Years ago, I was having the initial meeting with a bride to be and her fiancé. The wedding was quite away off and I wanted to talk about the Biblical concept of marriage and what God intended it to be and see how it fit in with her and her fiancés notions. That is always an interesting conversation but she wanted nothing of that. She wanted to talk about the ceremony, the music, the vows, the order and the ritual. He didn’t seem to want to talk about much of anything.

We got off on the wrong foot when she wanted the song from a current movie which meant at that time a paean to teenage hormonal craziness. She wanted three songs and only one of them was even close to being lovely and uplifting, let alone a witness to Christ, or about marriage for that
matter. She said that she knew I would be stodgy because I had baptized her and that made me old. I said it wasn’t baptizing her that made me old, but that a baptized child of God would think that kind of music was OK in the church was the kind of thing that made me old. I brought up a tag line from when I was growing up and said, “just because it has a good beat and you can dance to it doesn’t make it ok for a wedding”.

I said the conversation was getting old and we should go through the rest of the ceremony and come back to the music later. She said, “I don’t know what you are getting all upset about. They are symbolic.” We went through the invocation, opening remarks, lessons, the sermon, the places where songs would be sung (maybe), and when I got to the spot where the ring ceremony would take place, I skipped it and went to the vows.  She jumped on that right away. I said we were going to skip the ring ceremony at which point she really got wound up. I let her rant and rave for a while and somewhere along the line I said, “I don’t know what you are getting so upset about. It’s only a symbol”. She got quiet and her eyes got big and we had a wonderful meeting after the that. The importance of symbols, like everything else, are in the eye of the beholder. This last week was all about symbols. Flags and flyovers and fireworks, tanks, tennis shoes and, wait for it….tattoos. A congressman had the Betsy Ross flag tattooed to his arm in reaction to Nike and Kaepernick. As a symbolic action that might take the cake. Symbolic reaction to a symbolic action against a symbol.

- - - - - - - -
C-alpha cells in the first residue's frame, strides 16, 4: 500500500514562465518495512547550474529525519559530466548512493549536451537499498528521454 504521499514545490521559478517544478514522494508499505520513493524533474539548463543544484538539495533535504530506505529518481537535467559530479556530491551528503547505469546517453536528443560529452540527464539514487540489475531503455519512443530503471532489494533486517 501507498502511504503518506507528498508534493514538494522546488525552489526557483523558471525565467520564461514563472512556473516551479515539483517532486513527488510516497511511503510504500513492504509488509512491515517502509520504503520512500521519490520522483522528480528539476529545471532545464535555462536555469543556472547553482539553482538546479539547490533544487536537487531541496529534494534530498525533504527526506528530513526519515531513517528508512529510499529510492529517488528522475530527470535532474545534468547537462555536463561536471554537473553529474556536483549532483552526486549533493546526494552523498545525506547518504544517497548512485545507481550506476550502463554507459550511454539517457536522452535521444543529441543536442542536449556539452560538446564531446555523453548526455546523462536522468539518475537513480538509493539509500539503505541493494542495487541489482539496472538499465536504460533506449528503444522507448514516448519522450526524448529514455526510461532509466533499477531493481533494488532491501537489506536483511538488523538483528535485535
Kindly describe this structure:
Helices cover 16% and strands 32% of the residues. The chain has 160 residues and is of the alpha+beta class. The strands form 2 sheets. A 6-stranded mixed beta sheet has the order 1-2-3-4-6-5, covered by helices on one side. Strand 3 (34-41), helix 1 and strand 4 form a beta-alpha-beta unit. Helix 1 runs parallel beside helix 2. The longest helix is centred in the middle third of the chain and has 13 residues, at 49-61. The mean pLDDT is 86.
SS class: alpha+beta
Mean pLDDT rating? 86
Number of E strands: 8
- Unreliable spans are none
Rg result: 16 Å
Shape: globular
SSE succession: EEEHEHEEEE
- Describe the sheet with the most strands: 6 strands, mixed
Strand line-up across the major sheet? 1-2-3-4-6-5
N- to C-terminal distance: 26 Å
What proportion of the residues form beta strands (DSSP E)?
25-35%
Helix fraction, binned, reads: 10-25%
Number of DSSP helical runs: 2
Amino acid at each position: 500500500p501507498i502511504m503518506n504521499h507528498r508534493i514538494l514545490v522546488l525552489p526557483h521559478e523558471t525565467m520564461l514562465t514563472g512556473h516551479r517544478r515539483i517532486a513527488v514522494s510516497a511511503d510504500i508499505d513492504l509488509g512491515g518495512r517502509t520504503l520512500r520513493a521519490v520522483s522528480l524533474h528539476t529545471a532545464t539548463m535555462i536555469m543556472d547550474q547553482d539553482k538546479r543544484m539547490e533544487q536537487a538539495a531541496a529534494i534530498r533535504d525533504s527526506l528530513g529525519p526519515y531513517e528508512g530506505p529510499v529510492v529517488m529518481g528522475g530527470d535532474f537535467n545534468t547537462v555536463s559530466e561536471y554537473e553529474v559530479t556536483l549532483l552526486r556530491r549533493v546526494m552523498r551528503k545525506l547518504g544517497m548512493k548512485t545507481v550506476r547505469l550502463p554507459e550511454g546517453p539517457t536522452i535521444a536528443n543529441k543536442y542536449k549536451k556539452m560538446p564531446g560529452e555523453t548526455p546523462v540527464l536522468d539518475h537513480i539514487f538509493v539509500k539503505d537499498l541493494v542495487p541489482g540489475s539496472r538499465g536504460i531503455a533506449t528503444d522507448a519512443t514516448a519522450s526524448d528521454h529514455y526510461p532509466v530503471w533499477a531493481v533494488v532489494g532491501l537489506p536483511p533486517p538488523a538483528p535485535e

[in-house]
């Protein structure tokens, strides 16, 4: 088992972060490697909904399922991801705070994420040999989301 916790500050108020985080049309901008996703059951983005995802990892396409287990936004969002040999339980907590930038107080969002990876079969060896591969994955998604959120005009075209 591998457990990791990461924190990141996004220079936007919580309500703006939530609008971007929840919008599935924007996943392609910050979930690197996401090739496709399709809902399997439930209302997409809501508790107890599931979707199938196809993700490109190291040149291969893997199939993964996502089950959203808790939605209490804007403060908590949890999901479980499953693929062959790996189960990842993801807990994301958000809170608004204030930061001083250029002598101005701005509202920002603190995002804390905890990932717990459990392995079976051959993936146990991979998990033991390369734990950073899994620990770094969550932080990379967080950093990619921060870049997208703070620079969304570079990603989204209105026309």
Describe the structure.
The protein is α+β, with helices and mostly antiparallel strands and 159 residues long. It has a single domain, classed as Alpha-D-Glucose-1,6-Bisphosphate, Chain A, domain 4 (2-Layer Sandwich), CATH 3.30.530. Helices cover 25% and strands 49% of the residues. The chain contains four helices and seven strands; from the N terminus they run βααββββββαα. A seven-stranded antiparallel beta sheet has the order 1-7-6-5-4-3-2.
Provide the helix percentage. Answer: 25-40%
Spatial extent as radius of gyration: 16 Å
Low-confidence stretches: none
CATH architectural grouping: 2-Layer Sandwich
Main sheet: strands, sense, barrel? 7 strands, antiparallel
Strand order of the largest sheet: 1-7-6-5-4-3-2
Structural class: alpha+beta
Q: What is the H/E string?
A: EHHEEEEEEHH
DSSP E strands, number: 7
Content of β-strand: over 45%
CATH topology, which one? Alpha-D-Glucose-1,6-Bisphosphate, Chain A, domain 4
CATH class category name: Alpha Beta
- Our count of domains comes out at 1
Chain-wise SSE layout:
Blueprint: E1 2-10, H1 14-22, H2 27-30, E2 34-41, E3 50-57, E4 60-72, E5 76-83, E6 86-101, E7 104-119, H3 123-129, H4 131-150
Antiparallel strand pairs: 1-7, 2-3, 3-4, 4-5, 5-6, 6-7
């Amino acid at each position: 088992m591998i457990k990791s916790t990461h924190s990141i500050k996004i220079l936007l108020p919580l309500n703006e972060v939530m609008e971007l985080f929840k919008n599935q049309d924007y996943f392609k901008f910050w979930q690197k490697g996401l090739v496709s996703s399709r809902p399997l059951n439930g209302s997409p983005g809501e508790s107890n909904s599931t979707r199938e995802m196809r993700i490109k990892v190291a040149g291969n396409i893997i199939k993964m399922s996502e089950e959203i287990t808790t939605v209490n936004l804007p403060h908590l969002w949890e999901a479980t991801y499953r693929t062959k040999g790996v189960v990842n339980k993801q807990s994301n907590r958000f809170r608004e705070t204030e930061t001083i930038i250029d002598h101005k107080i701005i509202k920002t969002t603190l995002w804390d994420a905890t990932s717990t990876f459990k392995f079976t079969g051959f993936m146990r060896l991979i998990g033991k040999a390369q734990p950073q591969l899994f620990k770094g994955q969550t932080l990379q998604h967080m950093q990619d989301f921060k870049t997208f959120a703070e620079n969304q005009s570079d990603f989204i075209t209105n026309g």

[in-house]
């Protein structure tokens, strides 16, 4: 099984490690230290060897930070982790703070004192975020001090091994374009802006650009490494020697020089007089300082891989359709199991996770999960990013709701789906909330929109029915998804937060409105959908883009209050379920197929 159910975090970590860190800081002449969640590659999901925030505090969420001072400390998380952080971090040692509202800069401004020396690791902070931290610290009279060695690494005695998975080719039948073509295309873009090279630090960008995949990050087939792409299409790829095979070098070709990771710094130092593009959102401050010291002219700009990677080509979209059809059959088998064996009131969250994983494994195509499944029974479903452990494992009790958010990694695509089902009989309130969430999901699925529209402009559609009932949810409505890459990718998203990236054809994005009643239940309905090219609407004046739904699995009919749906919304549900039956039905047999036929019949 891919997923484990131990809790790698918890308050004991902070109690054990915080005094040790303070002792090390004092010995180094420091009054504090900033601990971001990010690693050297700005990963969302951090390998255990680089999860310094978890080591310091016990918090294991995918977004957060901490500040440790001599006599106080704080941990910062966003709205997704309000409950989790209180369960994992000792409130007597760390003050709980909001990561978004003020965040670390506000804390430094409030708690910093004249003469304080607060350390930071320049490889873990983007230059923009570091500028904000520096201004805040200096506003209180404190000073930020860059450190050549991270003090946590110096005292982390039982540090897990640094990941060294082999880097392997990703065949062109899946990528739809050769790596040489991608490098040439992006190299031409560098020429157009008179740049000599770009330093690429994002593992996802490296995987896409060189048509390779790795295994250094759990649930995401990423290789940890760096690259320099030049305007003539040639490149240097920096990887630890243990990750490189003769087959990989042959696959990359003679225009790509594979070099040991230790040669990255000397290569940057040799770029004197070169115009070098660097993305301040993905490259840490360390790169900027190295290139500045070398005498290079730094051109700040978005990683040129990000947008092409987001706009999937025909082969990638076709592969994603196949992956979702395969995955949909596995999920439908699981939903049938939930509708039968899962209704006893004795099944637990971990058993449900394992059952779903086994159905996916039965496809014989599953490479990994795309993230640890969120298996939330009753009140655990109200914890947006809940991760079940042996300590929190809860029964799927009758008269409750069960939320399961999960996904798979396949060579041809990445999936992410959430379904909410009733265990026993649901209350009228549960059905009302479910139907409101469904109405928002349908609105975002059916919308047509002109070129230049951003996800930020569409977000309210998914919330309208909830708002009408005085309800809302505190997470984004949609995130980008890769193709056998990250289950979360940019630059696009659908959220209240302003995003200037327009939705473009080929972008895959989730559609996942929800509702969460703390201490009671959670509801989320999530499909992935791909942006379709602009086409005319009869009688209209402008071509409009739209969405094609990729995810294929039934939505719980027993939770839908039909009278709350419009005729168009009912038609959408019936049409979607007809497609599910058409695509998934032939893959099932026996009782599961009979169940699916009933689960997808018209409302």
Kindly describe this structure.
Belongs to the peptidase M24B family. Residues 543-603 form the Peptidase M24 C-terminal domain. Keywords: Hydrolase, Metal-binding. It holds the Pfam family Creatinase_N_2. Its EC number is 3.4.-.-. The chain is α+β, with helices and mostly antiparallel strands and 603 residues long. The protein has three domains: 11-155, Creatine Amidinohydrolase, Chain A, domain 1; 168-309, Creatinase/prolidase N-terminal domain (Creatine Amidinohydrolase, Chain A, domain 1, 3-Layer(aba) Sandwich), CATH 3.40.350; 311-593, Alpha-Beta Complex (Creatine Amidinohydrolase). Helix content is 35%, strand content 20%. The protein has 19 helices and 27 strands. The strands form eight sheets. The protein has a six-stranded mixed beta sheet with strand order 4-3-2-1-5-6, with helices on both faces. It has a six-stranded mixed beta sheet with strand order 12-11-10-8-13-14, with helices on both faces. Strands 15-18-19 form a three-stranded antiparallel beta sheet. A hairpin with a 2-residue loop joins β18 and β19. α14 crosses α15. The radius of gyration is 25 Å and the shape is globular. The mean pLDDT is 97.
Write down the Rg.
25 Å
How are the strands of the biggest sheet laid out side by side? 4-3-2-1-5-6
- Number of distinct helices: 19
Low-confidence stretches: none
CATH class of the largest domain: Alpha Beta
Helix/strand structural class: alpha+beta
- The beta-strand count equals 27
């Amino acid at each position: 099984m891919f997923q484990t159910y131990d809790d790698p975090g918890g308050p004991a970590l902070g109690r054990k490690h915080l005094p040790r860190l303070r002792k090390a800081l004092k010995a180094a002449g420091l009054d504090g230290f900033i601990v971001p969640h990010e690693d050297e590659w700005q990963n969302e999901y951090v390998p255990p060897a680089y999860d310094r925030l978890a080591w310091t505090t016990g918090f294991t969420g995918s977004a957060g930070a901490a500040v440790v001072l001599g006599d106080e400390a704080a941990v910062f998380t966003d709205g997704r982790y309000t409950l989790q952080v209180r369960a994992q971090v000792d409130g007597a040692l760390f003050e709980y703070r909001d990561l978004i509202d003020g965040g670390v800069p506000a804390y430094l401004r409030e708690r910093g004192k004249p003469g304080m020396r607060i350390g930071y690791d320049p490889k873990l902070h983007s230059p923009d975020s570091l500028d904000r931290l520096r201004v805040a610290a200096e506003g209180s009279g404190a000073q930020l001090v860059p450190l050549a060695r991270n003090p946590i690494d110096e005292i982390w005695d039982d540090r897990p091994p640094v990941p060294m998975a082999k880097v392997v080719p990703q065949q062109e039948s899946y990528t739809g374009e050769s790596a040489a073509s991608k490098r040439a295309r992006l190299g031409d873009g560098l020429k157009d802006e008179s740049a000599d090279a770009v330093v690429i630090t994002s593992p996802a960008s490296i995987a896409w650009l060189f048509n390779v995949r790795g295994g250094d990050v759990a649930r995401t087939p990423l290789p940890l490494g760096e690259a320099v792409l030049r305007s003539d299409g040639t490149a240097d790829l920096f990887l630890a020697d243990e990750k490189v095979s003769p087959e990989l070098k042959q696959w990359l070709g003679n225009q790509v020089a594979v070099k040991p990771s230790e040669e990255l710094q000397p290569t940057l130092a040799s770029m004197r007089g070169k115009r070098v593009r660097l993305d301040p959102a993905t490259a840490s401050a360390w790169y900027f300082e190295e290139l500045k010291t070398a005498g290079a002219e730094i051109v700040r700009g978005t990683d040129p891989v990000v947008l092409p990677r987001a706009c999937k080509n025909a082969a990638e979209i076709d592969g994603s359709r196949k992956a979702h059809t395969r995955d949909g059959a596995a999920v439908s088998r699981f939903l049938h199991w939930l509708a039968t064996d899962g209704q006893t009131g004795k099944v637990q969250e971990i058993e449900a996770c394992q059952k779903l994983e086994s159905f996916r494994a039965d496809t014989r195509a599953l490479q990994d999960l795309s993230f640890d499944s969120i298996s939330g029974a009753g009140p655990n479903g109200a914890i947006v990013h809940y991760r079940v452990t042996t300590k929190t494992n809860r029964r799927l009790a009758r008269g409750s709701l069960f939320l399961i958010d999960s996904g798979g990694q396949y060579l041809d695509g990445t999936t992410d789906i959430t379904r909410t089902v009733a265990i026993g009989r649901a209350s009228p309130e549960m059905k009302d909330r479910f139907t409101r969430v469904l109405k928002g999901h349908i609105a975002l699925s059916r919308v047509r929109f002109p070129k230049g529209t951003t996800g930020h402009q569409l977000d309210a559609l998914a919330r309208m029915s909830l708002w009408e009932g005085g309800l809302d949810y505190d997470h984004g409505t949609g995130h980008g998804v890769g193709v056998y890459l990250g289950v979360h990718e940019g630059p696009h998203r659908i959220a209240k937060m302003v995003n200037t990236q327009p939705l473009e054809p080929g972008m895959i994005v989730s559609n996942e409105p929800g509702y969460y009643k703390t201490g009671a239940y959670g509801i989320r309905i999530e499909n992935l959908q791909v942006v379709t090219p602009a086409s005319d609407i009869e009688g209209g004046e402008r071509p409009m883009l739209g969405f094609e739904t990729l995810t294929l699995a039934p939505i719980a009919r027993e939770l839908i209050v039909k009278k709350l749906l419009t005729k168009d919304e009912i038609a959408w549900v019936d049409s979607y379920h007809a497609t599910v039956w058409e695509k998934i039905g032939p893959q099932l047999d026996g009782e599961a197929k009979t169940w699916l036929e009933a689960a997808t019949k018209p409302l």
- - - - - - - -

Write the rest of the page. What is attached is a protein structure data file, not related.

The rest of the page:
It would be fun to get into the difference between signs and symbols, types and antitypes, icons and image but…maybe for awhile let’s thinkabout what the word symbol means. It comes from the Greek and means “thrown together”. What does that mean in the symbol of rings, wedding candles, the cord of three strands, and the symbol (mystery) of Christ and the church as Paul says in Ephesians 5? Who are we thrown together with and why? Now, how about flags and anthems as symbols? Who are we thrown together with and why? Maybe it is summed up in the words
Christian folks mention from time to time, that we get thrown together for correction and reproof, for mutual consolation and support, for building one another up. Antagonisms come and go, but symbols have seemed to last. Maybe that is why we have had the push lately to get rid of as many
symbols as we can. There is a symbolism in those acts too.